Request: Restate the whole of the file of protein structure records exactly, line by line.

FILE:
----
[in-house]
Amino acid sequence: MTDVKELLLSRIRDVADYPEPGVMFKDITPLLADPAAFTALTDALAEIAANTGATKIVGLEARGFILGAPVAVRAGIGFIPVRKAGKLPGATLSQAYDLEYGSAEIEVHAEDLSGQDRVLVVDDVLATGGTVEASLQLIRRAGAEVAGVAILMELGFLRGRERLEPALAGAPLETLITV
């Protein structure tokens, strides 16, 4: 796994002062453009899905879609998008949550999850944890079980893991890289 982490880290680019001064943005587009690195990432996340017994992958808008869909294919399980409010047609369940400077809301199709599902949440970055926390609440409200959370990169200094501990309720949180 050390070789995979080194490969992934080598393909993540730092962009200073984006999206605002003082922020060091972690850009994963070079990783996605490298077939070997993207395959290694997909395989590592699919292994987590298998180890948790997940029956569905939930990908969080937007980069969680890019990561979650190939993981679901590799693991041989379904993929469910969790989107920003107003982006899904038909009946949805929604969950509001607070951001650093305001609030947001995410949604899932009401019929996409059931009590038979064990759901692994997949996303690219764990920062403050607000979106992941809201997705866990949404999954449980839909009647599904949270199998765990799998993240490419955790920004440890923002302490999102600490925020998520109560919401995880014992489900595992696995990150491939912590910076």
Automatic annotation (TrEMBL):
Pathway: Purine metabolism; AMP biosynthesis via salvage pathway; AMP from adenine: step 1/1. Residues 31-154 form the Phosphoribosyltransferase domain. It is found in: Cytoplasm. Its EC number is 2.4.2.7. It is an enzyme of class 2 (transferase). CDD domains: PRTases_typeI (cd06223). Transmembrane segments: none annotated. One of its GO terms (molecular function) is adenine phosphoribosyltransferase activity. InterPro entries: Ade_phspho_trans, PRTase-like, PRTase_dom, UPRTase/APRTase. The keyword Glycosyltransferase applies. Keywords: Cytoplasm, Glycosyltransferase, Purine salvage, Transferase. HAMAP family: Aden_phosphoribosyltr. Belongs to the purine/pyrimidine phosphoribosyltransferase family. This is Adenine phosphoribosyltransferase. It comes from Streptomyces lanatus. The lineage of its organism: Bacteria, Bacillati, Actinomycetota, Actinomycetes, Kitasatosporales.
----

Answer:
[in-house]
Amino acid sequence: MTDVKELLLSRIRDVADYPEPGVMFKDITPLLADPAAFTALTDALAEIAANTGATKIVGLEARGFILGAPVAVRAGIGFIPVRKAGKLPGATLSQAYDLEYGSAEIEVHAEDLSGQDRVLVVDDVLATGGTVEASLQLIRRAGAEVAGVAILMELGFLRGRERLEPALAGAPLETLITV
């Protein structure tokens, strides 16, 4: 796994002062453009899905879609998008949550999850944890079980893991890289 982490880290680019001064943005587009690195990432996340017994992958808008869909294919399980409010047609369940400077809301199709599902949440970055926390609440409200959370990169200094501990309720949180 050390070789995979080194490969992934080598393909993540730092962009200073984006999206605002003082922020060091972690850009994963070079990783996605490298077939070997993207395959290694997909395989590592699919292994987590298998180890948790997940029956569905939930990908969080937007980069969680890019990561979650190939993981679901590799693991041989379904993929469910969790989107920003107003982006899904038909009946949805929604969950509001607070951001650093305001609030947001995410949604899932009401019929996409059931009590038979064990759901692994997949996303690219764990920062403050607000979106992941809201997705866990949404999954449980839909009647599904949270199998765990799998993240490419955790920004440890923002302490999102600490925020998520109560919401995880014992489900595992696995990150491939912590910076």
Automatic annotation (TrEMBL):
Pathway: Purine metabolism; AMP biosynthesis via salvage pathway; AMP from adenine: step 1/1. Residues 31-154 form the Phosphoribosyltransferase domain. It is found in: Cytoplasm. Its EC number is 2.4.2.7. It is an enzyme of class 2 (transferase). CDD domains: PRTases_typeI (cd06223). Transmembrane segments: none annotated. One of its GO terms (molecular function) is adenine phosphoribosyltransferase activity. InterPro entries: Ade_phspho_trans, PRTase-like, PRTase_dom, UPRTase/APRTase. The keyword Glycosyltransferase applies. Keywords: Cytoplasm, Glycosyltransferase, Purine salvage, Transferase. HAMAP family: Aden_phosphoribosyltr. Belongs to the purine/pyrimidine phosphoribosyltransferase family. This is Adenine phosphoribosyltransferase. It comes from Streptomyces lanatus. The lineage of its organism: Bacteria, Bacillati, Actinomycetota, Actinomycetes, Kitasatosporales.